January 13, 2013

Court Rules Peace Activists Can Sue the U.S. Military for Infiltration

From The Peace Worker:

Court Rules Peace Activists Can Sue the U.S. Military for Infiltration
January 7, 2013
By Nathan Tempey

In a potentially precedent-setting decision, the Ninth Circuit Court of Appeals ruled last month that a National Lawyer’s Guild (NLG) lawyer’s challenge to military spying on peace activists can proceed. The ruling marks the first time a court has affirmed people’s ability to sue the military for violating their First and Fourth Amendment rights.

Court Challenge Breaks New Ground

“This has never been done before,” said NLG member attorney Larry Hildes, who is handling the case. “The U.S. government has spied on political dissidents throughout history and this particular plot lasted through two presidencies, but never before has a court said that we can challenge it the way we have.”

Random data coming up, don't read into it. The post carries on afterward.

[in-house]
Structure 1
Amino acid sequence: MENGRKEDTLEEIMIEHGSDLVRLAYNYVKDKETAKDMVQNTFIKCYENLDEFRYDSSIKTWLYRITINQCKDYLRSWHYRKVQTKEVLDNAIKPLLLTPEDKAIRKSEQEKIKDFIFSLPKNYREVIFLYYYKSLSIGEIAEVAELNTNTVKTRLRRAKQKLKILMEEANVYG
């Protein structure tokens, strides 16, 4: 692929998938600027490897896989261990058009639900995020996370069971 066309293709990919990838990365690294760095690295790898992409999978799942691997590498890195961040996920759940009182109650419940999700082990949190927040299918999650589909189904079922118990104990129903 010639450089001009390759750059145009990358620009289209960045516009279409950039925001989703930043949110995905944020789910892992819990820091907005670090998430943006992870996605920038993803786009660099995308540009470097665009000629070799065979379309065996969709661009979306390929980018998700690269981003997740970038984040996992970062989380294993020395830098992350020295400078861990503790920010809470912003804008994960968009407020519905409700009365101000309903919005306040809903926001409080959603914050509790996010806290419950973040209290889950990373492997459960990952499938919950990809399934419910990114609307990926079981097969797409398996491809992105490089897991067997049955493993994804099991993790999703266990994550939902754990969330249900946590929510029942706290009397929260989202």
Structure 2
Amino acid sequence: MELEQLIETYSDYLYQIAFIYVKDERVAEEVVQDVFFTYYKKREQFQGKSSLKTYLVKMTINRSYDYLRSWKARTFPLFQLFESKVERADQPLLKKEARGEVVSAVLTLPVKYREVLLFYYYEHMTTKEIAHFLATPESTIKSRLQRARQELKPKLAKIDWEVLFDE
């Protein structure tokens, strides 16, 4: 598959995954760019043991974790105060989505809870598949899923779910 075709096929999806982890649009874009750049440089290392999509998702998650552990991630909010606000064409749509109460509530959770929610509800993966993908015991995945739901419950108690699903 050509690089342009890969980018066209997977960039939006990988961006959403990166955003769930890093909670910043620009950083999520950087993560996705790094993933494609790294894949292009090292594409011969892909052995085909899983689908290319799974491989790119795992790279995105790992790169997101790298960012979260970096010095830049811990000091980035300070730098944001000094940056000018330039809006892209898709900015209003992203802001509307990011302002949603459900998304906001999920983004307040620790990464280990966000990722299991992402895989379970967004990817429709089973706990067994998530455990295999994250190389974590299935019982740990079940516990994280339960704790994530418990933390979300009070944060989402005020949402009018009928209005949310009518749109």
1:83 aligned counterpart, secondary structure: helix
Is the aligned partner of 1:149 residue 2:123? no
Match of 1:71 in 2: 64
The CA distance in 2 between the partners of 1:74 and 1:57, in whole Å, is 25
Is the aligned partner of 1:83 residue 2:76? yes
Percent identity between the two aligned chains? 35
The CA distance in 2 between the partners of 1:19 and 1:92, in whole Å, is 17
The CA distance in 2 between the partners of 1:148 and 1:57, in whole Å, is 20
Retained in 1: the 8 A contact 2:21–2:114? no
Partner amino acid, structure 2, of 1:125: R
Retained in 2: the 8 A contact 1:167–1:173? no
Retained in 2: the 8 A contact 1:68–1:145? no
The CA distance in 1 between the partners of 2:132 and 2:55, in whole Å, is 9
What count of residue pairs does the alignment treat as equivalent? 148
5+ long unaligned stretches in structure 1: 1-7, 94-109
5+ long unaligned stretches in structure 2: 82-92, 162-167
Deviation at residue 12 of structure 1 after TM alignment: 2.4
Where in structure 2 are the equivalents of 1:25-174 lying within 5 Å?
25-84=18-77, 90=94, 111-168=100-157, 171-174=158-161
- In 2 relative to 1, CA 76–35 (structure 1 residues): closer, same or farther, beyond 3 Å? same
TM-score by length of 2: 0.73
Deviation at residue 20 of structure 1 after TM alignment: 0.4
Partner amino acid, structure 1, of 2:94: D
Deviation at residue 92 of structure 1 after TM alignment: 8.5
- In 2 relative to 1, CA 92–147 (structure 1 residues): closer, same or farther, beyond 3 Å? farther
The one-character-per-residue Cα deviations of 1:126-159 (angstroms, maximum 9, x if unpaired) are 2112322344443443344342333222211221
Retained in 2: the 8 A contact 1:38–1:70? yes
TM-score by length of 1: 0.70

The ruling is the latest development in the lawsuit, Panagacos v. Towery, first brought by Hildes in 2009 on behalf of a group of Washington state antiwar activists who found themselves infiltrated by John Towery, an employee at a fusion center inside a local Army base. Fusion centers are multi-jurisdictional intelligence facilities which house federal and local law enforcement agencies alongside military units and private security companies. Their operations are largely secret and unregulated. There are currently 77 fusion centers in the United States.

Read the entire article here.

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